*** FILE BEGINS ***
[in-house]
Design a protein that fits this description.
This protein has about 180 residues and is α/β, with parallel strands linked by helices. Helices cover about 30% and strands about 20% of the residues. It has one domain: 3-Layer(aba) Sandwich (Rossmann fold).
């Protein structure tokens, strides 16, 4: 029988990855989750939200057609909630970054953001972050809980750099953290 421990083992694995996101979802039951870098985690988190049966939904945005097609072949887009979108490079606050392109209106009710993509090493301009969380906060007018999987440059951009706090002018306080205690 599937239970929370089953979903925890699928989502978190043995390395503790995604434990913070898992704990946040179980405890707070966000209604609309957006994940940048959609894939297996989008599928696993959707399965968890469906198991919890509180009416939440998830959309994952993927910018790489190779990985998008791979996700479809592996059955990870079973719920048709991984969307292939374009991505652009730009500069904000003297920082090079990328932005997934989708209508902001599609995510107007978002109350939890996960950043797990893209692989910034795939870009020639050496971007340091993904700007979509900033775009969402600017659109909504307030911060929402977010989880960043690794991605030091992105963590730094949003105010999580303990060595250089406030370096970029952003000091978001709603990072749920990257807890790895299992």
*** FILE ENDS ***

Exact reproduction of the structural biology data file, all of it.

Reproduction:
[in-house]
Design a protein that fits this description.
This protein has about 180 residues and is α/β, with parallel strands linked by helices. Helices cover about 30% and strands about 20% of the residues. It has one domain: 3-Layer(aba) Sandwich (Rossmann fold).
């Protein structure tokens, strides 16, 4: 029988990855989750939200057609909630970054953001972050809980750099953290 421990083992694995996101979802039951870098985690988190049966939904945005097609072949887009979108490079606050392109209106009710993509090493301009969380906060007018999987440059951009706090002018306080205690 599937239970929370089953979903925890699928989502978190043995390395503790995604434990913070898992704990946040179980405890707070966000209604609309957006994940940048959609894939297996989008599928696993959707399965968890469906198991919890509180009416939440998830959309994952993927910018790489190779990985998008791979996700479809592996059955990870079973719920048709991984969307292939374009991505652009730009500069904000003297920082090079990328932005997934989708209508902001599609995510107007978002109350939890996960950043797990893209692989910034795939870009020639050496971007340091993904700007979509900033775009969402600017659109909504307030911060929402977010989880960043690794991605030091992105963590730094949003105010999580303990060595250089406030370096970029952003000091978001709603990072749920990257807890790895299992």